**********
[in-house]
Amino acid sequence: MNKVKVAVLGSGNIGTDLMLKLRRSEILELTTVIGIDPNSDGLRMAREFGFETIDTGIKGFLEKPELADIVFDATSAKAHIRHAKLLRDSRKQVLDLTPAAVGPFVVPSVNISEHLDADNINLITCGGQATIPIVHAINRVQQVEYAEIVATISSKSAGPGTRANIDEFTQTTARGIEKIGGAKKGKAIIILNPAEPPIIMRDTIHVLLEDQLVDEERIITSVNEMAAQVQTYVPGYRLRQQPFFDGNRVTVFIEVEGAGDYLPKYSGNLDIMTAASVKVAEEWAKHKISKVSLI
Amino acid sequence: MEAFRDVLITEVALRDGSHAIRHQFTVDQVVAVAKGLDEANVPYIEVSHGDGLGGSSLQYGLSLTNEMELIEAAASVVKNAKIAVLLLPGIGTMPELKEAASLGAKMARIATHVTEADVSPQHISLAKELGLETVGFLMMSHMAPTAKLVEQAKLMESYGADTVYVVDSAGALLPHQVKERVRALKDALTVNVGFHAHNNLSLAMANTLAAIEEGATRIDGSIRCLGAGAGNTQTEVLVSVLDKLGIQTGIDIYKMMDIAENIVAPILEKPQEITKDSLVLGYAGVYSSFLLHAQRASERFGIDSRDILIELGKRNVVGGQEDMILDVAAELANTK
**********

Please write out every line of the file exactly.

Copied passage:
[in-house]
Amino acid sequence: MNKVKVAVLGSGNIGTDLMLKLRRSEILELTTVIGIDPNSDGLRMAREFGFETIDTGIKGFLEKPELADIVFDATSAKAHIRHAKLLRDSRKQVLDLTPAAVGPFVVPSVNISEHLDADNINLITCGGQATIPIVHAINRVQQVEYAEIVATISSKSAGPGTRANIDEFTQTTARGIEKIGGAKKGKAIIILNPAEPPIIMRDTIHVLLEDQLVDEERIITSVNEMAAQVQTYVPGYRLRQQPFFDGNRVTVFIEVEGAGDYLPKYSGNLDIMTAASVKVAEEWAKHKISKVSLI
Amino acid sequence: MEAFRDVLITEVALRDGSHAIRHQFTVDQVVAVAKGLDEANVPYIEVSHGDGLGGSSLQYGLSLTNEMELIEAAASVVKNAKIAVLLLPGIGTMPELKEAASLGAKMARIATHVTEADVSPQHISLAKELGLETVGFLMMSHMAPTAKLVEQAKLMESYGADTVYVVDSAGALLPHQVKERVRALKDALTVNVGFHAHNNLSLAMANTLAAIEEGATRIDGSIRCLGAGAGNTQTEVLVSVLDKLGIQTGIDIYKMMDIAENIVAPILEKPQEITKDSLVLGYAGVYSSFLLHAQRASERFGIDSRDILIELGKRNVVGGQEDMILDVAAELANTK